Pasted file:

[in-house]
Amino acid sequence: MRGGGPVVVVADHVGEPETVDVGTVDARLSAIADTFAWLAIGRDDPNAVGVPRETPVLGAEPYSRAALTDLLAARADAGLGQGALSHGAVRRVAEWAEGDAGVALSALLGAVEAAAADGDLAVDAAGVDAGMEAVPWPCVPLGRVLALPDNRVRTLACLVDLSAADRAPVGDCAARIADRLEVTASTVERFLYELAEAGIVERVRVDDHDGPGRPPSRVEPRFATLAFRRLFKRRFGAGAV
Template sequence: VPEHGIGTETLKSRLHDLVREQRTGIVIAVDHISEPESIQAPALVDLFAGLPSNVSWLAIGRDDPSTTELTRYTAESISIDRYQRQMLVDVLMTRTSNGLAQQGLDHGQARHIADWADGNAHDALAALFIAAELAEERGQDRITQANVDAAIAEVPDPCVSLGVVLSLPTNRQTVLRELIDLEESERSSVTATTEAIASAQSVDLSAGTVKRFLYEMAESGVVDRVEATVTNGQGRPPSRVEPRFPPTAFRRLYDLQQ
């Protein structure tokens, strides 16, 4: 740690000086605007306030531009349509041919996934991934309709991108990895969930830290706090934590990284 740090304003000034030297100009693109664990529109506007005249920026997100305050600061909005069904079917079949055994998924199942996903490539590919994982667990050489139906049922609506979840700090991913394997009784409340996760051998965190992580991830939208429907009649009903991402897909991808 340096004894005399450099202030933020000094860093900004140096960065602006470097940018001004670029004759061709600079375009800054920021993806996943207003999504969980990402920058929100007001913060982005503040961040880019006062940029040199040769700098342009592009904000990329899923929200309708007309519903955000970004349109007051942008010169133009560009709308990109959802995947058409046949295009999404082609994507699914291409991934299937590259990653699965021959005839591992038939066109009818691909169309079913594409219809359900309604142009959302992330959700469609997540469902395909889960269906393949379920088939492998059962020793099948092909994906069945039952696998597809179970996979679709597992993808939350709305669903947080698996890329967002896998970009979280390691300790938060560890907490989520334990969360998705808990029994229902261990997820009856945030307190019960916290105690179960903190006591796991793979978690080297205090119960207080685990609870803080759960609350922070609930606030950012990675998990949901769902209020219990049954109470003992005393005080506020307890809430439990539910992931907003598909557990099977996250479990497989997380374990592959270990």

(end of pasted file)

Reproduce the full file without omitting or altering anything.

[in-house]
Amino acid sequence: MRGGGPVVVVADHVGEPETVDVGTVDARLSAIADTFAWLAIGRDDPNAVGVPRETPVLGAEPYSRAALTDLLAARADAGLGQGALSHGAVRRVAEWAEGDAGVALSALLGAVEAAAADGDLAVDAAGVDAGMEAVPWPCVPLGRVLALPDNRVRTLACLVDLSAADRAPVGDCAARIADRLEVTASTVERFLYELAEAGIVERVRVDDHDGPGRPPSRVEPRFATLAFRRLFKRRFGAGAV
Template sequence: VPEHGIGTETLKSRLHDLVREQRTGIVIAVDHISEPESIQAPALVDLFAGLPSNVSWLAIGRDDPSTTELTRYTAESISIDRYQRQMLVDVLMTRTSNGLAQQGLDHGQARHIADWADGNAHDALAALFIAAELAEERGQDRITQANVDAAIAEVPDPCVSLGVVLSLPTNRQTVLRELIDLEESERSSVTATTEAIASAQSVDLSAGTVKRFLYEMAESGVVDRVEATVTNGQGRPPSRVEPRFPPTAFRRLYDLQQ
């Protein structure tokens, strides 16, 4: 740690000086605007306030531009349509041919996934991934309709991108990895969930830290706090934590990284 740090304003000034030297100009693109664990529109506007005249920026997100305050600061909005069904079917079949055994998924199942996903490539590919994982667990050489139906049922609506979840700090991913394997009784409340996760051998965190992580991830939208429907009649009903991402897909991808 340096004894005399450099202030933020000094860093900004140096960065602006470097940018001004670029004759061709600079375009800054920021993806996943207003999504969980990402920058929100007001913060982005503040961040880019006062940029040199040769700098342009592009904000990329899923929200309708007309519903955000970004349109007051942008010169133009560009709308990109959802995947058409046949295009999404082609994507699914291409991934299937590259990653699965021959005839591992038939066109009818691909169309079913594409219809359900309604142009959302992330959700469609997540469902395909889960269906393949379920088939492998059962020793099948092909994906069945039952696998597809179970996979679709597992993808939350709305669903947080698996890329967002896998970009979280390691300790938060560890907490989520334990969360998705808990029994229902261990997820009856945030307190019960916290105690179960903190006591796991793979978690080297205090119960207080685990609870803080759960609350922070609930606030950012990675998990949901769902209020219990049954109470003992005393005080506020307890809430439990539910992931907003598909557990099977996250479990497989997380374990592959270990």